Care with Respect, dignity, Compassion and Commitment

Obstetrician, Gynaecologist, IVF Specialist

Early Pregnancy Care at Aurora Women’s Health

Diagnosis of pregnancy and knowledge of normal findings associated with early pregnancy are common issues in the medical care of reproductive-
age women.

The diagnosis of early pregnancy is based primarily upon laboratory assessment of human chorionic gonadotropin (HCG) in urine or blood. History
and physical examination are not highly sensitive methods for early diagnosis, but knowledge of the characteristic findings of a normal pregnancy
can be helpful in alerting the clinician to the possibility of an abnormal pregnancy, such as ectopic pregnancy or the presence of coexistent

The most common signs and symptoms of early pregnancy are:

  • Amenorrhea
  • Nausea with or without vomiting
  • Breast enlargement and tenderness
  • Increased frequency of urination without dysuria
  • Fatigue

Additional signs and symptoms include:

  • Mild uterine cram ping/discomfort without bleeding
  • Abdominal bloating
  • Constipation
  • Heartburn
  • Nasal congestion
  • Shortness of breath
  • Food cravings and aversions
  • Mood changes
  • Lightheadedness
  • Spider angiomas
  • PaImar erythema
  • lncreased skin pigmentation (face, linea alba, areola)
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Vaginal bleeding — Bleeding in early pregnancy that is heavier than spotting or accompanied by any pain may represent an ectopic pregnancy or
impending miscarriage however any amount of bleeding is worrisome.

Nausea and vomiting — The onset of nausea and vomiting after about 10 weeks of gestation should prompt an evaluation, because this is after
the typical period expected for onset of pregnancy-related nausea and vomiting. A cause other than pregnancy should be considered if nausea and vomiting are accompanied by pain, fever, vertigo, diarrhea, headache or abdominal distension.

Hyperemesis gravidarum is considered the severe end of the spectrum of nausea and vomiting of pregnancy, and is commonly defined as
persistent Vomiting accompanied by weight loss exceeding 5 percent or prepregnancy body weight and ketonuria unrelated to other causes.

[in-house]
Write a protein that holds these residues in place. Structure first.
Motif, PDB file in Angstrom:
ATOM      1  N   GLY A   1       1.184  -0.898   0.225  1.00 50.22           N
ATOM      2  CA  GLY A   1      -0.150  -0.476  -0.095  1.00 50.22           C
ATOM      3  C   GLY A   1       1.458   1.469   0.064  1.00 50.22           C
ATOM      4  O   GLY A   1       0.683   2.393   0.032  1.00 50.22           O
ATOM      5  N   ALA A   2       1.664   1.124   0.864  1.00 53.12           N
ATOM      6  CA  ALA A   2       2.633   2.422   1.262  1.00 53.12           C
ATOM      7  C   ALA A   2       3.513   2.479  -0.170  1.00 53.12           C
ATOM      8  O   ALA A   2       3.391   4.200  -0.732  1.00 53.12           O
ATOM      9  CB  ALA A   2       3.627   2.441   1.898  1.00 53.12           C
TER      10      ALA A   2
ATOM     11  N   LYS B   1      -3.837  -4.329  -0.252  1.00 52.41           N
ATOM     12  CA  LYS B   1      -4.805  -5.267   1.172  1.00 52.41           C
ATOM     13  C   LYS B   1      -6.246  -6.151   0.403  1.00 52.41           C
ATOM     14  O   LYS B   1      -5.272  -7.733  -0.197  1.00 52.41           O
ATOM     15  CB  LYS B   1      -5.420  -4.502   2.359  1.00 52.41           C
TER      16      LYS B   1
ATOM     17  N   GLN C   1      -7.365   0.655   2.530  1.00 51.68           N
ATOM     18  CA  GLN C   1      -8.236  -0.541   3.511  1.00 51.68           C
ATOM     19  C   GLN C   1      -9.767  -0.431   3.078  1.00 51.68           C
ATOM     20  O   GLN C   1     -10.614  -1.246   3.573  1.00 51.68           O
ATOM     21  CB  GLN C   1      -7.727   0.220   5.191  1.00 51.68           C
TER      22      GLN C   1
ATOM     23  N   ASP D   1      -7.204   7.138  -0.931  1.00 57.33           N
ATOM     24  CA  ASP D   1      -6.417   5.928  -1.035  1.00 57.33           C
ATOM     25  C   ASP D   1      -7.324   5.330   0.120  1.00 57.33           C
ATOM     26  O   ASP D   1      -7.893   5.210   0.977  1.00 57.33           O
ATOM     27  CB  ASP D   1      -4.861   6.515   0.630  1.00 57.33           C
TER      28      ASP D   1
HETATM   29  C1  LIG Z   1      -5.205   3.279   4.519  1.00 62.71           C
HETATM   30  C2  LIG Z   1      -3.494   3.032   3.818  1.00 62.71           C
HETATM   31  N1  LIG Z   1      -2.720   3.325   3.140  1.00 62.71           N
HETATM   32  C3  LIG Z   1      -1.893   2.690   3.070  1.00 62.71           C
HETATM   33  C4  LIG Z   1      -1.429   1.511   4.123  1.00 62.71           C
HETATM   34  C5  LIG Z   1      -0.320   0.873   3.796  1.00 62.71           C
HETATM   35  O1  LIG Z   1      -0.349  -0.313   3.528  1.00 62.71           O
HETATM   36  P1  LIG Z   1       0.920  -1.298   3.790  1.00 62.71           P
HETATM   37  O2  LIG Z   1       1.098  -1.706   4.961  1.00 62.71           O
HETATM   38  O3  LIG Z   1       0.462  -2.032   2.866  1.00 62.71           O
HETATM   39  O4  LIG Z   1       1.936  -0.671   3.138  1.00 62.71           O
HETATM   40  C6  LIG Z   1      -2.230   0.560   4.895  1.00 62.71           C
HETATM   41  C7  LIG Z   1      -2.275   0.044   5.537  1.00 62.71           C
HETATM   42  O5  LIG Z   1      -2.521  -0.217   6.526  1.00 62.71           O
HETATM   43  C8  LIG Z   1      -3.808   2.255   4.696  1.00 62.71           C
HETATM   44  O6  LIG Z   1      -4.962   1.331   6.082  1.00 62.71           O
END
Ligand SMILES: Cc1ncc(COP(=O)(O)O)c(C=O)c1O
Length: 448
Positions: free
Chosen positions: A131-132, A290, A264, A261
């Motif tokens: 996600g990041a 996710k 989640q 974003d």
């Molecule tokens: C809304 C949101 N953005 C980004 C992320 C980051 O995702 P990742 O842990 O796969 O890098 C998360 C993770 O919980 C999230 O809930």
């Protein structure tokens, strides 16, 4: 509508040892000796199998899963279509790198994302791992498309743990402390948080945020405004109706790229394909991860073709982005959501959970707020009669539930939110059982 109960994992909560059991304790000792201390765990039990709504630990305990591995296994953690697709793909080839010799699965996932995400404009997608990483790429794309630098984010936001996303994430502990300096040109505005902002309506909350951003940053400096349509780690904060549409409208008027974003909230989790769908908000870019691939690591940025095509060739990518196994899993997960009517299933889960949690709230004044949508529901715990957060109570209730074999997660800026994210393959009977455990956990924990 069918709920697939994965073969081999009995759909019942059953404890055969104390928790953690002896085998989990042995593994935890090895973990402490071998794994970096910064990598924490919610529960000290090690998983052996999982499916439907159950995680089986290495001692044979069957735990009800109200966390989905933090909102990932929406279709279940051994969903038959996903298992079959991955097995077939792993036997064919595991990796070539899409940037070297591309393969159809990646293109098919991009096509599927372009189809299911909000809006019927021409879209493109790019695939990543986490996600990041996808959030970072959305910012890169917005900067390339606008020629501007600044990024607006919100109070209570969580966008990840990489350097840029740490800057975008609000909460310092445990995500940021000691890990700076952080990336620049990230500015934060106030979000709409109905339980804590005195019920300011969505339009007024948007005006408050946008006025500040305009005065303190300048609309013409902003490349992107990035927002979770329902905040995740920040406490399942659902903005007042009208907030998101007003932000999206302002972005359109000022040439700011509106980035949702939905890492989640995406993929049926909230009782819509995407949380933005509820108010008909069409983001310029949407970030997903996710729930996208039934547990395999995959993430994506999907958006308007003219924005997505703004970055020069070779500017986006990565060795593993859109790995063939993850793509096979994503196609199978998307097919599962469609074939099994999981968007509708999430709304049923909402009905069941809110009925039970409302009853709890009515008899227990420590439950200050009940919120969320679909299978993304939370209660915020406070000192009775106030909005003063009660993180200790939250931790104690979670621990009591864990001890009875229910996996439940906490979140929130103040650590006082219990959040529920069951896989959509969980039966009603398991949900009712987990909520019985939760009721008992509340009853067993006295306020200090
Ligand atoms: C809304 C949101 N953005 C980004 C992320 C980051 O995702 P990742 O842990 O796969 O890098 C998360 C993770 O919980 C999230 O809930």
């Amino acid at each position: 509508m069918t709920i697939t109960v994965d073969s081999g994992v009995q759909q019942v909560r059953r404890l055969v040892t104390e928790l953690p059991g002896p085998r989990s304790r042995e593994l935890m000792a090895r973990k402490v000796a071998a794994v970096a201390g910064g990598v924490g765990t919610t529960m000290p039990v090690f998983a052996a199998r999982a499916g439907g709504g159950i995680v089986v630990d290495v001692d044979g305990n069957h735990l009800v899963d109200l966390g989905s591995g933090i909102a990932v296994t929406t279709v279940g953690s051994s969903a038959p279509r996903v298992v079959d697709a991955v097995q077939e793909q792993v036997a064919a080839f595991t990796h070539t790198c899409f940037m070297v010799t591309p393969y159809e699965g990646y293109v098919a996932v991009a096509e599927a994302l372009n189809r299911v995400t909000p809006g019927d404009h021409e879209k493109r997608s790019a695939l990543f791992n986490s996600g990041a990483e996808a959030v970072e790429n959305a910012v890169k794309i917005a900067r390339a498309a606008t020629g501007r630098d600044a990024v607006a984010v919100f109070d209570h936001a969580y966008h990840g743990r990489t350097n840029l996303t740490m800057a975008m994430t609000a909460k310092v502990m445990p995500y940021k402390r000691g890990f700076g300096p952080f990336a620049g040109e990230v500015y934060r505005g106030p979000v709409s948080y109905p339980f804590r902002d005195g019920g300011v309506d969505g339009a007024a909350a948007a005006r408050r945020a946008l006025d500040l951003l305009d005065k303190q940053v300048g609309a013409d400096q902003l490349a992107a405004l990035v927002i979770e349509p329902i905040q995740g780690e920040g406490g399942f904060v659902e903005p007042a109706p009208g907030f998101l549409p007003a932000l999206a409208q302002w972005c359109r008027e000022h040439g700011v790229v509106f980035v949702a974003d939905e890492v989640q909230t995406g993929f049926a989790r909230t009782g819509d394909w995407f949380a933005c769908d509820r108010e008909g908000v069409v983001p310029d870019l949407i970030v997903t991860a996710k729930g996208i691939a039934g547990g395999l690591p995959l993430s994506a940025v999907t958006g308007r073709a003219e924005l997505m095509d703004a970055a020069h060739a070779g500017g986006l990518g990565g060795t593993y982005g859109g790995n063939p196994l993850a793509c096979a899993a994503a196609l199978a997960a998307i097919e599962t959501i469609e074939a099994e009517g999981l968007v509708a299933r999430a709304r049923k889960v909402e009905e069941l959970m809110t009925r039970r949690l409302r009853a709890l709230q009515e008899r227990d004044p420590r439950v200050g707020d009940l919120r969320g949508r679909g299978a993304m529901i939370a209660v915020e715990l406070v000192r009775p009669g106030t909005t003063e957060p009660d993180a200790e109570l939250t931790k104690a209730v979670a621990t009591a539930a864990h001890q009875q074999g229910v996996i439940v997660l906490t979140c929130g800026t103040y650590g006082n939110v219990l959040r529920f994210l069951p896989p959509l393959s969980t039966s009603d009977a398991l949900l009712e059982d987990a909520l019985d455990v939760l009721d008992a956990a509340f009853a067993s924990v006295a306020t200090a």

Urinary frequency — Cystitis or an upper urinary tract infection should be suspected if pregnancy-related urinary frequency is accompanied by
dysuria, hematuria, pyuria, fever, or flank pain.

Dyspnea — Pregnancy-related dyspnea is usually mild, of gradual onset, and not associated with other pulmonary signs or symptoms (eg, cough,
wheezing, pleurisy, blood in the cough,) or systemic findings (eg, fever or increase in basal heart rate by more than 15 to 20 beats/min).

Lightheadedness — Pregnancy-related Iightheadedness typically occurs when the woman has been standing, especially in a warm environment. It
should resolve when she lies on her left side.

Pelvic discomfort — The round ligaments begin near the uterine cornua, pass through the abdominal inguinal ring and along the inguinal canal,
and end in the labia majora. Pain in the location of the round ligaments has been termed “round ligament pain;” it is common and a diagnosis of
exclusion. The pain is typically on the right side of the abdomen/pelvis and often occurs upon waking, suddenly rolling over in bed, or other vigorous
activity. The pain is believed to be caused by irritation of nearby nerve fibers or spasm of the ligament; rarely. it may be due to varicosities, myomas,
or endometriosis associated with the ligament. A change in position may alleviate the pain, but no treatment is necessary, as the pain is usually mild
and self-limited.

Adnexal disease (eg. ectopic pregnancy, ruptured ovarian cyst, ovarian torsion) should be excluded when the pain is moderate or severe,
persistent or progressive, or accompanied by vaginal bleeding or peritoneal signs.
Midline pelvic pain and vaginal bleeding are the cardinal signs of impending or ongoing spontaneousmiscarriage. After 20 weeks of gestation,
preterm labor and abruptio placentae should be excluded in women with these symptoms.
Right lower-quadrant pain is a common symptom of appendicitis, which should be excluded. Although the location of the appendix migrates a few
centimeters cephaiad as the uterus enlarges. the most common symptom of appendicitis

Chest pain — Chest pain not due to gastrointestinal reflux is not a normal finding in pregnancy.